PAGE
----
Still, as the tension seemed to creep in, uninvited, during the second round of drinks, Kakashi abruptly excused himself, pleading weariness. Iruka hesitated, when the jounin had left, listened to the sudden murmuring of gossip, and did so, as well, uncaring of how it may appear. He caught up with Kakashi after a street. "Hey."

Kakashi blinked. "Iruka-sensei. Weren't you…?"

"Oh. No, I'm not that good with alcohol," Iruka said, allowing for half-truths, "And I need to keep a clear head tomorrow. It's only a couple of days until teacher's day, and there are still things to sort out."

"Ah," Kakashi said, noncommittally. "Um. See you tomorrow, then."

"I'll walk you home," Iruka said, giving in to impulse, and grinning when Kakashi arched an eyebrow at him. "I haven't, before."

"Oh. Er. But my house is in a mess, and it smells of dogs, and, er, I think I should walk you home instead, Iruka-sensei," Kakashi protested, very quickly.

"I don't mind," Iruka replied, with a quick smile. "I've visited a lot of children's rooms, by invitation or for extra tutoring, it can't be any worse. And it'll only be fair – you've walked me home before."

"Ah. Eh. All right," Kakashi said, a little reluctantly, in the face of Iruka's surface calm.


Kakashi fumbled with the lock to his house, muttering to himself, and when he finally opened the door, stood at the frame, hesitating. Then he peered at his fingers, looked back up at Iruka, very slowly, then murmured, "Tea?"


Kakashi's place did indeed smell of dogs – the reason was immediately apparent, with a large, blue-eyed husky on the single settee, which regarded him solemnly as he walked in – white fur splashed with chocolate brown over the muzzle, eyes and spine. The large tail wagged, once, then the dog lay its head back on its paws, as Iruka approached, carefully. It made a soft sound of contentment, when its ears were scratched, and shifted on the sofa, allowing Iruka to sit down.

Closer up, he noticed the husky's left hind leg was oddly crooked, as if it had been savagely broken at some point. A snuffle at his feet made him look down – a tiny one-eyed Yorkshire, begging to be lifted into his lap. As he obliged, he noticed that of the five or so dogs that could be seen in the living room, regarding him with amiable curiosity, all of them seemed to be disabled in some way – missing paws, broken legs that had set badly, scarred, limping, or, in the case of one quiet spaniel slouched against the single bookcase, simply elderly. The simple furniture in the house was scratched and occasionally chewed, and the plain dark brown rugs seemed to be chosen simply because they were easy to wash and difficult to stain.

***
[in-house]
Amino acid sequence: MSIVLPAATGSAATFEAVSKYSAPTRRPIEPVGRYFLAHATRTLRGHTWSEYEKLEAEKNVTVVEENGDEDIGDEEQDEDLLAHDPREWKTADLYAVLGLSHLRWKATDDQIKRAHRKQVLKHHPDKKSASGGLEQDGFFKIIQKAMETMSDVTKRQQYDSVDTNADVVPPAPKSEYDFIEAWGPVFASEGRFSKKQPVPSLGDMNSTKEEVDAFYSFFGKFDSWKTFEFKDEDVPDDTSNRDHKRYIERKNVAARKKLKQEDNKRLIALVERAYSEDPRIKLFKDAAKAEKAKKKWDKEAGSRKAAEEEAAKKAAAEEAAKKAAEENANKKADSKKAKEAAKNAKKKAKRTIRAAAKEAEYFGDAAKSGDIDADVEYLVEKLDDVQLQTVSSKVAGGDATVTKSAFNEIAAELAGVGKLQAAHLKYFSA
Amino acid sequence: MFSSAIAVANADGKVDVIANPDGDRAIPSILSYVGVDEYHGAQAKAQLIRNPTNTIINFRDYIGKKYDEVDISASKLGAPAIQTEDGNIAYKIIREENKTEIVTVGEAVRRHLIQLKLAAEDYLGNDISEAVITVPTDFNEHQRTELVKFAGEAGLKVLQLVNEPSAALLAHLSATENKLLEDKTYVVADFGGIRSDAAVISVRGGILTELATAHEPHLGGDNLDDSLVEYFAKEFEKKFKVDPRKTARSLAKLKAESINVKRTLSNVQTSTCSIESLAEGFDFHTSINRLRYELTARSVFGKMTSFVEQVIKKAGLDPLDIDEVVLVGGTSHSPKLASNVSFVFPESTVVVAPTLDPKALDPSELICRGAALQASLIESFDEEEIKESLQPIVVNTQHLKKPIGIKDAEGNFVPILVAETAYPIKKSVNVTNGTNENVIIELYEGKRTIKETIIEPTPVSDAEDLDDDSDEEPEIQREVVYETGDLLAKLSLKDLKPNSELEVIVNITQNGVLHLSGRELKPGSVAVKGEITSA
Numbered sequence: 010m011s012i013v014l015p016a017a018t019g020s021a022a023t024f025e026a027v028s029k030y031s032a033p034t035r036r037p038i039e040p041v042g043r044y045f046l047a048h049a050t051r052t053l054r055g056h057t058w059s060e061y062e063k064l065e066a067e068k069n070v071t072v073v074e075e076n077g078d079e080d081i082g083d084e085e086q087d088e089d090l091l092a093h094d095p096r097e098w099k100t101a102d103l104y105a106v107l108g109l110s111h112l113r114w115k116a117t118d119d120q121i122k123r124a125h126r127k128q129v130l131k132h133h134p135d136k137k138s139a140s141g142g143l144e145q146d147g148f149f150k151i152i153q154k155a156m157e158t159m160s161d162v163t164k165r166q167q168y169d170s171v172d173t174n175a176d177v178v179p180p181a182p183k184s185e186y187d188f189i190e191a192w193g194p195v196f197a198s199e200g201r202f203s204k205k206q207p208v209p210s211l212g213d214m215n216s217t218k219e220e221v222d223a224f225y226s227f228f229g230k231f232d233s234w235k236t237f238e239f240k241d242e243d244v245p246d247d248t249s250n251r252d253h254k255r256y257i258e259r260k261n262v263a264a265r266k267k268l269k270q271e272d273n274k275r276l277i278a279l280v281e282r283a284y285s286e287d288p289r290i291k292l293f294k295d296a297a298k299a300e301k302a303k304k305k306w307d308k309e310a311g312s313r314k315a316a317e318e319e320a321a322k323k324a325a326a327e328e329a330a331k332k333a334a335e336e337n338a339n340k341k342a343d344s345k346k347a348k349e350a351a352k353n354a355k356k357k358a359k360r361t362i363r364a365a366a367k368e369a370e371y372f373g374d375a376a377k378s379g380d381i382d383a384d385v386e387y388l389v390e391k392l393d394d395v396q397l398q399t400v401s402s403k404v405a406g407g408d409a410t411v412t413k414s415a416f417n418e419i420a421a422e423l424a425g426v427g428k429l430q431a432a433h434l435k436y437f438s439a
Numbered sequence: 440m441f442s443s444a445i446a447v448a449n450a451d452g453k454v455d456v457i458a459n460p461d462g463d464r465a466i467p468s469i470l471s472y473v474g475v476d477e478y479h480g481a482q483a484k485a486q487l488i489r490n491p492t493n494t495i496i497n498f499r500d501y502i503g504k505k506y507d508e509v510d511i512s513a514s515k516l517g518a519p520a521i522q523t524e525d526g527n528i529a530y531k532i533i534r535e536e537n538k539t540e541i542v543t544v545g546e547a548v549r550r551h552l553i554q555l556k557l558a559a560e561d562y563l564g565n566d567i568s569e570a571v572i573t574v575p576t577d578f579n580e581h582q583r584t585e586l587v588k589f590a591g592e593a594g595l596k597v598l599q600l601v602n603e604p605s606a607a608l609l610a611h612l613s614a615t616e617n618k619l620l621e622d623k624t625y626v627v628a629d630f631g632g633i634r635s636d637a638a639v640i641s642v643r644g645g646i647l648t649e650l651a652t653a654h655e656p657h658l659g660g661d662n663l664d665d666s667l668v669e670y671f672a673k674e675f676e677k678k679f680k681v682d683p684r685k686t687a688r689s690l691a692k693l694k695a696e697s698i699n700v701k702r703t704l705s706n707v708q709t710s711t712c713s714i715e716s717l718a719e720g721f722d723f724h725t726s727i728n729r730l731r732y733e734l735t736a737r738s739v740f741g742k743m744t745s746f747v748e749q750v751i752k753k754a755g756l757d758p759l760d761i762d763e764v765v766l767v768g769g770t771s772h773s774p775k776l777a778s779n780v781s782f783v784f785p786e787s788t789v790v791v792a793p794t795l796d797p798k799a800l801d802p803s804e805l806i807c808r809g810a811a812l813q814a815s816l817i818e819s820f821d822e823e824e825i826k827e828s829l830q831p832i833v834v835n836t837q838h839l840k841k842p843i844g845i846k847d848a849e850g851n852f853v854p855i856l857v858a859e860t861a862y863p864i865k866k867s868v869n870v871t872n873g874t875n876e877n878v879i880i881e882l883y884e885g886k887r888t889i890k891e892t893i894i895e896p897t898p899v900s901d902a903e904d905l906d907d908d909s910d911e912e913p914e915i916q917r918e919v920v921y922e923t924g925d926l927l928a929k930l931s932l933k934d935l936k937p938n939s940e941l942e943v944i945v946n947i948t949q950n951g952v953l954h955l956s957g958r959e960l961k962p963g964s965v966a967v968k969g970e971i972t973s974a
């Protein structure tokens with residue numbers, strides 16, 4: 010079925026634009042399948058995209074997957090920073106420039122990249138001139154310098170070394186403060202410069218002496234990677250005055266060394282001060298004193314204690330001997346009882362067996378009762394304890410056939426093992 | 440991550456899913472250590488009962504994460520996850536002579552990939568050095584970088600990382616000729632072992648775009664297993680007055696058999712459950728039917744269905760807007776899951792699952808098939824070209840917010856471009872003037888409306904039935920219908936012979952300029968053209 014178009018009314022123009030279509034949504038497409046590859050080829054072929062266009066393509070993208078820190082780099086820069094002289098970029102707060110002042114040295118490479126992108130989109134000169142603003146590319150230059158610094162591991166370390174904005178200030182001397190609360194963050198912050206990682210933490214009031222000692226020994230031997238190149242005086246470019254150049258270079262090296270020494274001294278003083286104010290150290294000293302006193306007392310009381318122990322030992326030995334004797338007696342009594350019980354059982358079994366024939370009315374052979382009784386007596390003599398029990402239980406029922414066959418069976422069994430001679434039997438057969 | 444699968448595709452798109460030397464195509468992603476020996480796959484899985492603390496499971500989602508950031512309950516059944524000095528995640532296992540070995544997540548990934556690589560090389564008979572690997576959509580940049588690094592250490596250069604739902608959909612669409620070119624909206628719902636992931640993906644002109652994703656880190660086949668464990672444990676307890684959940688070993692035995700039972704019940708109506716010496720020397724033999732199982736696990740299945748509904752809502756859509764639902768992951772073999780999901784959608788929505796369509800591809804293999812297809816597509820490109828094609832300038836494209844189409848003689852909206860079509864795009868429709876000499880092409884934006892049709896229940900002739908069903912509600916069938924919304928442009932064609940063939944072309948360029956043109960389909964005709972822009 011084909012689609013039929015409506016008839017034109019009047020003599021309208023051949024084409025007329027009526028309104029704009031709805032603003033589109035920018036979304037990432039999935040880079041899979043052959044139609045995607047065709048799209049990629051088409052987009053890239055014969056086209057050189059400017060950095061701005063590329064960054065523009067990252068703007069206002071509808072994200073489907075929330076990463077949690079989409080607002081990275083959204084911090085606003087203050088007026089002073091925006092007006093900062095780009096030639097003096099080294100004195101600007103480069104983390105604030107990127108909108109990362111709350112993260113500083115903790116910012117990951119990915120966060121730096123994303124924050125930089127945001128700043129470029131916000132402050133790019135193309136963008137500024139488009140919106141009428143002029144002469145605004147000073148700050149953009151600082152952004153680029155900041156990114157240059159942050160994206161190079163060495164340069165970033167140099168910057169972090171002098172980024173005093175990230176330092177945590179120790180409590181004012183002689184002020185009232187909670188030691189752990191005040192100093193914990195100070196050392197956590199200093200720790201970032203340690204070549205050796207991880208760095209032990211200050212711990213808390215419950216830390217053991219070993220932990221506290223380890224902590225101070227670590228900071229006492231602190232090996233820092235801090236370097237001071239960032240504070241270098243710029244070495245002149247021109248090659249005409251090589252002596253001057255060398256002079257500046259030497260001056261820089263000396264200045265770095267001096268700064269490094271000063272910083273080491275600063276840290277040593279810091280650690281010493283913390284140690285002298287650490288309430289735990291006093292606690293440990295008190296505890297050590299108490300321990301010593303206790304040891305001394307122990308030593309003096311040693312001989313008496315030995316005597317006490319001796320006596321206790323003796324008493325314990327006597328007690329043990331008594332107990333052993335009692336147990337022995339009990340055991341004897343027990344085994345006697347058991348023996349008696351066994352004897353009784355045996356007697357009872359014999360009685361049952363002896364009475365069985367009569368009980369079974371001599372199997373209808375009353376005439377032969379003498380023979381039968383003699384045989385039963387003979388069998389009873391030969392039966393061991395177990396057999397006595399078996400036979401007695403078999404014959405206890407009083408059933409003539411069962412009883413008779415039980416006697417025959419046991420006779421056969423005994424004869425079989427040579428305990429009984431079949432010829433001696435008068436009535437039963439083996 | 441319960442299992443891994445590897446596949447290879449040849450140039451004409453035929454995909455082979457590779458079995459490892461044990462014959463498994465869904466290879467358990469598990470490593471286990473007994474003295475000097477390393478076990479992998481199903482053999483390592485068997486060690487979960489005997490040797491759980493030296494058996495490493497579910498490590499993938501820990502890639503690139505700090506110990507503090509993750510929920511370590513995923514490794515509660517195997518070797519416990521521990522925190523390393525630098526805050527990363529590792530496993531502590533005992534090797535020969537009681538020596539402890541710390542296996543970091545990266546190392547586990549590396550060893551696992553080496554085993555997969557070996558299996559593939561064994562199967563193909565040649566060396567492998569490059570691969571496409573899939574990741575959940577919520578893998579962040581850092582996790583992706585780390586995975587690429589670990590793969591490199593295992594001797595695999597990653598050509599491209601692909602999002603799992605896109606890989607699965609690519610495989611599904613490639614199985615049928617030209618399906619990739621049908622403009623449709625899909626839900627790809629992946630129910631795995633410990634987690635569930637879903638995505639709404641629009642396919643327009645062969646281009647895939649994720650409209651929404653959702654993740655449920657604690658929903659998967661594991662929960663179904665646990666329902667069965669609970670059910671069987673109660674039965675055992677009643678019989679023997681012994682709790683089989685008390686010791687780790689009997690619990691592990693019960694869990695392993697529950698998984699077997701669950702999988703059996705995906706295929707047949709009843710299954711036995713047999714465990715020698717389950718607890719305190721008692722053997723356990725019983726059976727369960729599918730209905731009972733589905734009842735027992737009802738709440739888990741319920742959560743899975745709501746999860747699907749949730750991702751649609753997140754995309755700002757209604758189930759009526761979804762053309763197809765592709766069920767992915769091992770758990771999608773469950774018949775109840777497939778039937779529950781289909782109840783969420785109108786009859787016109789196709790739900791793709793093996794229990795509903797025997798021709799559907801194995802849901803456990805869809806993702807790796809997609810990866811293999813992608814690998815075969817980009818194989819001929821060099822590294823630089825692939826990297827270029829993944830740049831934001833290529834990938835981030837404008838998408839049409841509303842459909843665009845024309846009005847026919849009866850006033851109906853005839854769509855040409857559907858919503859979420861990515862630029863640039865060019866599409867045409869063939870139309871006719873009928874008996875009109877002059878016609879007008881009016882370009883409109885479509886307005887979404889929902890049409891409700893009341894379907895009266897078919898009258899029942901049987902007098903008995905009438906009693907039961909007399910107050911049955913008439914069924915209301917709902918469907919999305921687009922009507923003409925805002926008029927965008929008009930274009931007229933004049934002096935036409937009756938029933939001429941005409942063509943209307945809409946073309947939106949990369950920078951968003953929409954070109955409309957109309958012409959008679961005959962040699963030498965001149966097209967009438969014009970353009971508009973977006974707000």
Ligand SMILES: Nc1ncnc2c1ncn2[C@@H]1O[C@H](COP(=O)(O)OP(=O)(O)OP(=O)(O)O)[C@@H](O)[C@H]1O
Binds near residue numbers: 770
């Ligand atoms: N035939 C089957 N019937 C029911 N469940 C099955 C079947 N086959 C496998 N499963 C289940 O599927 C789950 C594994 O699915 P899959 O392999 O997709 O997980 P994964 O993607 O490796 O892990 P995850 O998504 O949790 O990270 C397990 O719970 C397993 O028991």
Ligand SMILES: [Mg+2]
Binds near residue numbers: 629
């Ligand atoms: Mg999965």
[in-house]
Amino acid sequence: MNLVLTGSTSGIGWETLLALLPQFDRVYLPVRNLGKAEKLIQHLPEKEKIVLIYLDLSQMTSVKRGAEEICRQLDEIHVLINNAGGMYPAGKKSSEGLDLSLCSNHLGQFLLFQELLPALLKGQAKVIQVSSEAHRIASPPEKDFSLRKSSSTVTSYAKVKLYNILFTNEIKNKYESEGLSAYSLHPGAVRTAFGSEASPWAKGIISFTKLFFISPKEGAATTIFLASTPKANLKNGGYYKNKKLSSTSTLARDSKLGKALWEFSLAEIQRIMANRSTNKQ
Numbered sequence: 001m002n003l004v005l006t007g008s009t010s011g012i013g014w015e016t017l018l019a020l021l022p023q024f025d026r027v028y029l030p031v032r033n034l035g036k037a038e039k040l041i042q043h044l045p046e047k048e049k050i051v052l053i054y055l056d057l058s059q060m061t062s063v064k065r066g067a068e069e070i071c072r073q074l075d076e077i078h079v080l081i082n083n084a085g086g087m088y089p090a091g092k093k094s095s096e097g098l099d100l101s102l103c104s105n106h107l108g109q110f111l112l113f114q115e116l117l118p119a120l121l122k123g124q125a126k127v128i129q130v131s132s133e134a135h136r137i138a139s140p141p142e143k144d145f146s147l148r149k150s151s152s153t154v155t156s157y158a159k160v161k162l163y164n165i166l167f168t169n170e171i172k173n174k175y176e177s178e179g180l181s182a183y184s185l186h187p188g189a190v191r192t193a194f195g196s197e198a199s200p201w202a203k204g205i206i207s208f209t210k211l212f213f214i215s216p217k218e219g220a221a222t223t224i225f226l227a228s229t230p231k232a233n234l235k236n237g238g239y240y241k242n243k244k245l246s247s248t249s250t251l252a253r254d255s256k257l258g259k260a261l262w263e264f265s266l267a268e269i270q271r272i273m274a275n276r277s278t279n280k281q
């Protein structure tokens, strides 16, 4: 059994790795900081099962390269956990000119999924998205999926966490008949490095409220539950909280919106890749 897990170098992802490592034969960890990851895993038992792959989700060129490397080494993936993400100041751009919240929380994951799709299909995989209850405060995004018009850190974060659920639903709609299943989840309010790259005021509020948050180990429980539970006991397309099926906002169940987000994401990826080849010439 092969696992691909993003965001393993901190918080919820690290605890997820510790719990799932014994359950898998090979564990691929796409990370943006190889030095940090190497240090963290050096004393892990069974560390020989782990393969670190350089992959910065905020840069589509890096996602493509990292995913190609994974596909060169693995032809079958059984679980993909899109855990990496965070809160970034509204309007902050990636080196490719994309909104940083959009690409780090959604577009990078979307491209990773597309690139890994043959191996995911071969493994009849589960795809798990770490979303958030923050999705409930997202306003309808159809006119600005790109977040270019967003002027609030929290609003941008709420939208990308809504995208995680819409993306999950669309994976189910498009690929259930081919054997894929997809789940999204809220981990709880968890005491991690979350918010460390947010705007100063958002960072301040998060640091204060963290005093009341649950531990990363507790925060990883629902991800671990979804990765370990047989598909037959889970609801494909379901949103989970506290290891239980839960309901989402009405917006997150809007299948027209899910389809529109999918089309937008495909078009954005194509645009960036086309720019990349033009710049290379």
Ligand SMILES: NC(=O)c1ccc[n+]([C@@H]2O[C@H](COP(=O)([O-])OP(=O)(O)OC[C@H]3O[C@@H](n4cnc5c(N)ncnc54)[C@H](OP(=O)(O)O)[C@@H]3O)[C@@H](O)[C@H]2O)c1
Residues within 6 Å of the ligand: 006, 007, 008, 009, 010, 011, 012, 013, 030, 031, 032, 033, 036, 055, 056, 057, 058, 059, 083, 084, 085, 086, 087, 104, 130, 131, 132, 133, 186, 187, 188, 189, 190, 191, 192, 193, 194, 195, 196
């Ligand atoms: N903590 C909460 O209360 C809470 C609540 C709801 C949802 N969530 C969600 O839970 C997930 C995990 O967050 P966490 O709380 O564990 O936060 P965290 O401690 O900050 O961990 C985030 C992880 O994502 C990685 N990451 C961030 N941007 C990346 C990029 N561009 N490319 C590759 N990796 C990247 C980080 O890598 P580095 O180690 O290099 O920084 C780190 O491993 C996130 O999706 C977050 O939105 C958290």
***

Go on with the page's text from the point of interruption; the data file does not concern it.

The small one-story house had, however, a garden of decent size – from what Iruka had seen of it on the way in – likely expensive property in total, though affordable with a jounin's pay, probably. There were framed pictures on the walls – one of Kakashi's dog summons, one of Team Seven, one of what looked like the genin team Kakashi had once been part of, and a framed scroll of a painted celestial hound. An ANBU mask hung above the bookshelf, and a katana was displayed underneath the framed picture of the summons. The single low square table in the room had a sleeping, whipcord-thin mongrel dog of varying shades of gray on it, the three paws it still possessed up in the air.

Kakashi himself eventually emerged from the kitchen, partitioned off by ricepaper walls, balancing a tray of tea and cookies. A soft word to the dogs quieted their inquisitive barks, and a gentle nudge woke the mongrel from the table – it snorted at him, slipped off, and under. "Tea," he said, somewhat unnecessarily. "Um. I see you've met Rumo and Haruki." Gestures told Iruka that 'Rumo' was likely the husky, and 'Haruki' the tiny terrier in his lap.

Placing the terrier on the settee, Iruka knelt down at the table, following Kakashi's cue, watching tea being poured from the plain, slightly cracked teapot into cheap porcelain cups with a mildly disturbing bright blue floral design. As he sipped, he said, "These aren't… these are normal dogs, aren't they?"

Kakashi nodded. "Quite a few of them either rejected by their owners – injured or old dogs can be a hassle to keep, and it's hard to have a lot of free time with what we do – or their owners have passed away and their relatives don't want to put in the effort." Wryly, "The Inuzuka family tries to help, but their dogs are… special, and don't particularly enjoy the company of 'normal' dogs. Still, Kiba-kun, especially, comes around to walk these when I'm away on missions, or busy."

"Oh." Iruka contemplated this information as a rheumy-eyed Jack Russell attempted to climb into his lap. "Um, then the play – the rehearsals, really are… well, they're sort of full-day things, lately, especially since it's the school's one week Autumn Festival break…" Teacher's Day, this year, was on the eye of the height of the Autumn Festival – and the play one of the village's highlights, at least for the children.

"It'll be over in a few days, neh?" Kakashi's eye crinkled, over his teacup – the mask had been pulled down. The husky moved a little awkwardly from the settee, limping over to Kakashi and resting its muzzle on a shoulder to be petted. "And, like I said, some of the Inuzuka family do come around to help."

Iruka finished his tea in the silence that followed, then said, "So, what are their names?" just as Kakashi murmured, "Iruka-sensei…"

"Ah! Er… you first," Iruka smiled, quickly.

Kakashi stared at him thoughtfully, for a moment, and then he smiled faintly. "No, it's not important."